The team's 2019 seventh-rounder, Myles Gaskin, flashed as a potential workhorse when healthy in 2020, and I believe he’s going to emerge as a big winner post-draft when Miami fails to add any of the “Big Three” RBs to their roster. Fantasy managers will be able to breathe a sigh of relief.
New head coach Dan Campbell and general manager Brad Holmes can’t afford to miss on their first pick as members of the organization. Holmes worked with the Los Angeles Rams in various executive roles dating back to 2003. His prior scouting role with the franchise was a major driver behind the Lions trading for Jared Goff.
The Rams haven’t had any first-round picks to work with in the past four seasons, so Holmes’ first selection in the 2021 NFL Draft will be a long time coming. The last four first-rounders Holmes had a hand in selecting for the Rams were Goff, Todd Gurley II, Aaron Donald and Greg Robinson.
In that three-year span (2014-2016), the Rams invested significant draft capital in the tackle position, so I’d expect Holmes to follow suit with his new team. Whether it be Penei Sewell or Rashawn Slater, Holmes knows creating a QB-friendly environment is key to long-term success.
The Panthers hired new general manager Scott Fitterer after he spent the past 20 years working a number of different positions with the Seattle Seahawks. Fitterer was brought in to replace long-time GM Marty Hurney, who was fired near the end of last season.
Disagreements in approach were present between the old GM and owner; the former wanted to maintain his traditional MO, while the latter wanted to embrace a more modern and data-driven approach.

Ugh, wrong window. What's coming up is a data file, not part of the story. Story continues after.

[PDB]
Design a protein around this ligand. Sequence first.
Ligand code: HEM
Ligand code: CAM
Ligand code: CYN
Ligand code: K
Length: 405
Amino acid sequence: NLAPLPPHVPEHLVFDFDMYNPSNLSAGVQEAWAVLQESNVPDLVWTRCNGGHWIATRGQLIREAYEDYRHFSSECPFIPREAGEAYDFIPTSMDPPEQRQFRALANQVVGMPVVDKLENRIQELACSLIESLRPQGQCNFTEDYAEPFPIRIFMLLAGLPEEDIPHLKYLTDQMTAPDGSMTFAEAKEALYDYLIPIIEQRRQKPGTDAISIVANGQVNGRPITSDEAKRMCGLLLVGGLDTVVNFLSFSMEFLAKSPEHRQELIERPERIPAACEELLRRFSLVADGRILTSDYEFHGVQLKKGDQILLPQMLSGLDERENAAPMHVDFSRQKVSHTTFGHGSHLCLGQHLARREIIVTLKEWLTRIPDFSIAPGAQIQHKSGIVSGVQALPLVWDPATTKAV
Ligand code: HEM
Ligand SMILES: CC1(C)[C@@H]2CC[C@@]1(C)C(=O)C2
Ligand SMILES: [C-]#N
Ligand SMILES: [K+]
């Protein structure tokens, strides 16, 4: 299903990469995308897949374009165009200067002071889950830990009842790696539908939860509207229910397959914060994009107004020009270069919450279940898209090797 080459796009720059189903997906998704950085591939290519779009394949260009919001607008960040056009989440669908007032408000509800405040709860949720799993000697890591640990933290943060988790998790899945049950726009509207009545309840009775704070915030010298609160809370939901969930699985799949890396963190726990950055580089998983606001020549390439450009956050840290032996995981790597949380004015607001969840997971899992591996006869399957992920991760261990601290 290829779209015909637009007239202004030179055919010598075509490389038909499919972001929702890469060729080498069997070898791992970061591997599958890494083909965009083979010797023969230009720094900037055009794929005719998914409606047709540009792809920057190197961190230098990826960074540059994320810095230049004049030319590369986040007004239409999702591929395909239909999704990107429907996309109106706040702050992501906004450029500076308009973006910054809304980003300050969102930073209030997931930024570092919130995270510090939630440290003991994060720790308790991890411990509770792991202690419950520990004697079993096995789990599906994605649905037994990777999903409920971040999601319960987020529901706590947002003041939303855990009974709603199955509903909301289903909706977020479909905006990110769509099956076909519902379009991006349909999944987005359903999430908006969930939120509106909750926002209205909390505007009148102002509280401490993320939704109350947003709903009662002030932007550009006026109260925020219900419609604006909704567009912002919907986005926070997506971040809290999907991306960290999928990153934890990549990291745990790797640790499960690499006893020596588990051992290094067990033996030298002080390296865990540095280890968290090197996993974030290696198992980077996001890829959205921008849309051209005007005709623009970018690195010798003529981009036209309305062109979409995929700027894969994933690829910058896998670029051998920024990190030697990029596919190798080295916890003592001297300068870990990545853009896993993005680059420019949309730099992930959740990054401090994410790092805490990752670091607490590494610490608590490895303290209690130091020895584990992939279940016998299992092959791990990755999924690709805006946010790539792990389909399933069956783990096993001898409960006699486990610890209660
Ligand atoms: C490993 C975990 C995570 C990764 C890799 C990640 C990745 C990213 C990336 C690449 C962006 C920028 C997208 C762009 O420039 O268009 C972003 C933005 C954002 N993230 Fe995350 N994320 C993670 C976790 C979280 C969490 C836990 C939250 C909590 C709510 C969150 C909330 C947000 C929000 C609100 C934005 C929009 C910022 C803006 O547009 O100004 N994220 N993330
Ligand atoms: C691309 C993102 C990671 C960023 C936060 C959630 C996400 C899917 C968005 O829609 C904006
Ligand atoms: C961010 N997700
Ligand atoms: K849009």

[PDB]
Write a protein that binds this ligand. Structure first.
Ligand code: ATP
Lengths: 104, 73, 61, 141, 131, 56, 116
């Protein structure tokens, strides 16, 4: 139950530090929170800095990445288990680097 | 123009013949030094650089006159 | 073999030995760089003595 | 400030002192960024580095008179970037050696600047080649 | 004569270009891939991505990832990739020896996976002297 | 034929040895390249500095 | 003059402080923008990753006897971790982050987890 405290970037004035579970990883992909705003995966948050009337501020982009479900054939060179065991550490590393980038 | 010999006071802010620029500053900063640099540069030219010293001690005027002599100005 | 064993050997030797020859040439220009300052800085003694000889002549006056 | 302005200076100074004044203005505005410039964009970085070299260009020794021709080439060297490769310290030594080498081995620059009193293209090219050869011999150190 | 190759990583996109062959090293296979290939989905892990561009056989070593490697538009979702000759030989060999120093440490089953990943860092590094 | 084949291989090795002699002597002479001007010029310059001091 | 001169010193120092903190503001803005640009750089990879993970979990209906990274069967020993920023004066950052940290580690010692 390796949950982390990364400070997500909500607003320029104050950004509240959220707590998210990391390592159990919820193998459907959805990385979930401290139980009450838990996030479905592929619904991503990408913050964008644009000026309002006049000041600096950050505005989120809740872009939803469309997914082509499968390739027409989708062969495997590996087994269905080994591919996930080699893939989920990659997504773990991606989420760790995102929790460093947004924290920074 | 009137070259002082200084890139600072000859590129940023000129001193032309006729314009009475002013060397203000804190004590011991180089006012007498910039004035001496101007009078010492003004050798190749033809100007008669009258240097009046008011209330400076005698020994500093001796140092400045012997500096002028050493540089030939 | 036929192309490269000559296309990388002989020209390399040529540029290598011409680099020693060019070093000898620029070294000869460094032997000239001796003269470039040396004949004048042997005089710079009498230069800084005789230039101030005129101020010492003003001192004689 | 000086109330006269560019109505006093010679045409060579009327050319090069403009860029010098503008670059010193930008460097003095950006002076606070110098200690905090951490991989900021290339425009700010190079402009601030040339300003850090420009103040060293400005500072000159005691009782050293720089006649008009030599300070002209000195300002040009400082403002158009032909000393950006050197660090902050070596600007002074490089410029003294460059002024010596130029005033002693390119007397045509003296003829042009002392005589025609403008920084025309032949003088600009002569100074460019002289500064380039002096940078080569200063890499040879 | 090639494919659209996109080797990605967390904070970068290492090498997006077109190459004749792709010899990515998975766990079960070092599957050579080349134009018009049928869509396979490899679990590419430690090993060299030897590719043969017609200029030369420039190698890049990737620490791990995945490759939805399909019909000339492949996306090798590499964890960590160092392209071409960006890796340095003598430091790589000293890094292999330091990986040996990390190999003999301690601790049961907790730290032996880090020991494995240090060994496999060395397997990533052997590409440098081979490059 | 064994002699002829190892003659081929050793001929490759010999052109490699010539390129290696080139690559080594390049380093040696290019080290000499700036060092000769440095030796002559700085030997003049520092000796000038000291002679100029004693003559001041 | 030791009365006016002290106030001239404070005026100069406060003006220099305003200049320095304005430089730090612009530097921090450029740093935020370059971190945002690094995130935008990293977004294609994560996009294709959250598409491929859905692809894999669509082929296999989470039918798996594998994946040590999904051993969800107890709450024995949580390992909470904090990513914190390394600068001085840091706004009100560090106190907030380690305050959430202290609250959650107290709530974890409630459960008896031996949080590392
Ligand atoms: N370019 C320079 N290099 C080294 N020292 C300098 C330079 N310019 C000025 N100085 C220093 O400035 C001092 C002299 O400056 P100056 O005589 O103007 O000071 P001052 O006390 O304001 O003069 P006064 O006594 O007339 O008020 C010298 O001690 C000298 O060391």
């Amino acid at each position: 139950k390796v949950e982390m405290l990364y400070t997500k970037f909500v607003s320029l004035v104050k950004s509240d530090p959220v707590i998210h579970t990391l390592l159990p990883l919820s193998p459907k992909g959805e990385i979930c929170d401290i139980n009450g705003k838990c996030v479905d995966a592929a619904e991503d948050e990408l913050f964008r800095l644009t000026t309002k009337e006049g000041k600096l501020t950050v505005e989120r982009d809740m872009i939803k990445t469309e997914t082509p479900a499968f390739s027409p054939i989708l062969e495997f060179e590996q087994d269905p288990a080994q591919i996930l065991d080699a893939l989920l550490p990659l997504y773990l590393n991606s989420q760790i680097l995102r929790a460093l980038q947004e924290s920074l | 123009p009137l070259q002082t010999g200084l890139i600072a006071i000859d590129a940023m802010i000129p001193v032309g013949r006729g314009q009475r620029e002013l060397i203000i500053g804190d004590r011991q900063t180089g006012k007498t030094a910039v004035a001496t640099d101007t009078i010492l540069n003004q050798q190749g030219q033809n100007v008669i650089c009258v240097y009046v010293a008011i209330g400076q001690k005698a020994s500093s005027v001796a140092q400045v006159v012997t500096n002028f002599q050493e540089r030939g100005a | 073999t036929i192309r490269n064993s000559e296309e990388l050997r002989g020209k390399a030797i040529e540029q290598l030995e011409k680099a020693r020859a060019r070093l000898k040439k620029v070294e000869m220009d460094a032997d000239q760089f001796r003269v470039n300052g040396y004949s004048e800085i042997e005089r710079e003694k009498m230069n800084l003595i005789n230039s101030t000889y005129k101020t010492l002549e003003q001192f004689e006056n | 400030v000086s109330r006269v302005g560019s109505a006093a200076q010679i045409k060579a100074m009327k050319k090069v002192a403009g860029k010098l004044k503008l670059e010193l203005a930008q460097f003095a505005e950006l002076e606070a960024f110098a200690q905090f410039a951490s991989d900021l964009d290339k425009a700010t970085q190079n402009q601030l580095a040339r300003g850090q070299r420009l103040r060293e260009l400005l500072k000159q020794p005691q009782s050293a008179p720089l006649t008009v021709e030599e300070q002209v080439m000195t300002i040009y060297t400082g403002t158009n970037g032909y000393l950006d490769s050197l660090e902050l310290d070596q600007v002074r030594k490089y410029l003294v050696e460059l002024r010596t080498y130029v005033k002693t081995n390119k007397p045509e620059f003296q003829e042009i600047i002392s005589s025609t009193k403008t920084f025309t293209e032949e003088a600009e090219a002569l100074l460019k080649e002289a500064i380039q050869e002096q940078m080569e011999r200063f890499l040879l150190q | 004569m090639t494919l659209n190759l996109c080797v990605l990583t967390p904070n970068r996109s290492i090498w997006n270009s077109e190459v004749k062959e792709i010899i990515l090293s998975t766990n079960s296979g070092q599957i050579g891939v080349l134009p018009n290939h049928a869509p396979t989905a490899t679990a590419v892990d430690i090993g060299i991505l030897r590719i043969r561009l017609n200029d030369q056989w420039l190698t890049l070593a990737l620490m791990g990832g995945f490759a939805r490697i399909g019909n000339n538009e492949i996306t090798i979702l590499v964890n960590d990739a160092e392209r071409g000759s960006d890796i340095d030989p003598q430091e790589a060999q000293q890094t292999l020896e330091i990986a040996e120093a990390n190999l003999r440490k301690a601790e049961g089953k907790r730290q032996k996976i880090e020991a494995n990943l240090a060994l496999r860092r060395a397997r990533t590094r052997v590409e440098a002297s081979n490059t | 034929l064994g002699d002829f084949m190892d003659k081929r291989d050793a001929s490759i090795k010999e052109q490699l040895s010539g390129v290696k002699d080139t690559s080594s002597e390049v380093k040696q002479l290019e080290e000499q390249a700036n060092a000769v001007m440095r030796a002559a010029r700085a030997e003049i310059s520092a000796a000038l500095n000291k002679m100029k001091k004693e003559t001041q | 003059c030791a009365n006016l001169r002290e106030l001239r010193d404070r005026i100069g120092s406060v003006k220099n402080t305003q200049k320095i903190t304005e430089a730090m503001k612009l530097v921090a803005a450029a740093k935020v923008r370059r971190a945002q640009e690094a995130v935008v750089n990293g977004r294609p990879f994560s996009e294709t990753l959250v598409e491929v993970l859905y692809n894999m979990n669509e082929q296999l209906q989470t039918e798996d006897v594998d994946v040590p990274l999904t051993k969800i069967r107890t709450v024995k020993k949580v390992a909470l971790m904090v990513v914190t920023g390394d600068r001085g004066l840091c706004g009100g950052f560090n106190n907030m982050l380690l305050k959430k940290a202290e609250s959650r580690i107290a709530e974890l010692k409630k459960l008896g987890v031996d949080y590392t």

Taking a relatively low-cost flier on quarterback Sam Darnold shows that Carolina is operating more by the numbers, and we should anticipate them implementing a similar strategy during the draft.
Case in point: There’s no way we see the Panthers invest their entire draft into defense as they did in 2020. Fitterer saw firsthand in Seattle how impactful poor OL play can be; Russell Wilson has been the most-sacked QB since entering the NFL nine seasons ago.
Adding a pass-protector upfront in Round 1 instead of a pass-catcher would match Seattle’s drafting philosophy to a tee. Over the past 10 years, the highest receiver they've selected was Paul Richardson at No. 45.
George Paton agreed to a six-year deal as the new Broncos general manager this offseason. Before landing in the Mile High City, Paton spent the past nine years working in Minnesota as Rick Spielman’s assistant general manager.
Entrusting Paton with the GM title is a tell-tale sign that the team is more than open to addressing the quarterback position — albeit Drew Lock’s play probably speaks for itself — with John Elway no longer calling all the shots. If a quarterback isn’t selected during the draft, look for the team to try and acquire Teddy Bridgewater, who was drafted by the Vikings’ brass in 2014.
Bridgewater was the last QB selected by the Vikings that required high-end draft capital.
Other interesting trends I found from past Vikings drafts with Paton on staff involve running backs, cornerbacks and tackles.